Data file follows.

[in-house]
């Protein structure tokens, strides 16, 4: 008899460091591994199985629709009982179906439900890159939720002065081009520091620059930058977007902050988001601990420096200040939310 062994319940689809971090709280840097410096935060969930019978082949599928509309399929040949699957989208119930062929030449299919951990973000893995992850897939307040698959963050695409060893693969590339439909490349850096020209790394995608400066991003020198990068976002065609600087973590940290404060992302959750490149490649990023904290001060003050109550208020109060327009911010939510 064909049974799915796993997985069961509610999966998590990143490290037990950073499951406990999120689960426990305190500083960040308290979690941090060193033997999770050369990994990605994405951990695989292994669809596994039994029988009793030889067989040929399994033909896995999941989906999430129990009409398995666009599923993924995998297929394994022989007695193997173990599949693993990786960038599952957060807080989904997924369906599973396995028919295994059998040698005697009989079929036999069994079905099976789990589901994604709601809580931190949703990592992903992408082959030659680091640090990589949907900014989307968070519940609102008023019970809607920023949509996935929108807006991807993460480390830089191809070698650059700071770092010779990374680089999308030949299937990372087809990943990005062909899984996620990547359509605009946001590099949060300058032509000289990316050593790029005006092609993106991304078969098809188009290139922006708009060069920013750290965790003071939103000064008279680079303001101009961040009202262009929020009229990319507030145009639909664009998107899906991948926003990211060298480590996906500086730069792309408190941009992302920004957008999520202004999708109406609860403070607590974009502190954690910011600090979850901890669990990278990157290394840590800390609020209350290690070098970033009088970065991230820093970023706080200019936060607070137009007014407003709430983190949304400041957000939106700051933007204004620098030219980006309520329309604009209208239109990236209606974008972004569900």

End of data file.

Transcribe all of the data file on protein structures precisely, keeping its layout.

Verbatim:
[in-house]
């Protein structure tokens, strides 16, 4: 008899460091591994199985629709009982179906439900890159939720002065081009520091620059930058977007902050988001601990420096200040939310 062994319940689809971090709280840097410096935060969930019978082949599928509309399929040949699957989208119930062929030449299919951990973000893995992850897939307040698959963050695409060893693969590339439909490349850096020209790394995608400066991003020198990068976002065609600087973590940290404060992302959750490149490649990023904290001060003050109550208020109060327009911010939510 064909049974799915796993997985069961509610999966998590990143490290037990950073499951406990999120689960426990305190500083960040308290979690941090060193033997999770050369990994990605994405951990695989292994669809596994039994029988009793030889067989040929399994033909896995999941989906999430129990009409398995666009599923993924995998297929394994022989007695193997173990599949693993990786960038599952957060807080989904997924369906599973396995028919295994059998040698005697009989079929036999069994079905099976789990589901994604709601809580931190949703990592992903992408082959030659680091640090990589949907900014989307968070519940609102008023019970809607920023949509996935929108807006991807993460480390830089191809070698650059700071770092010779990374680089999308030949299937990372087809990943990005062909899984996620990547359509605009946001590099949060300058032509000289990316050593790029005006092609993106991304078969098809188009290139922006708009060069920013750290965790003071939103000064008279680079303001101009961040009202262009929020009229990319507030145009639909664009998107899906991948926003990211060298480590996906500086730069792309408190941009992302920004957008999520202004999708109406609860403070607590974009502190954690910011600090979850901890669990990278990157290394840590800390609020209350290690070098970033009088970065991230820093970023706080200019936060607070137009007014407003709430983190949304400041957000939106700051933007204004620098030219980006309520329309604009209208239109990236209606974008972004569900």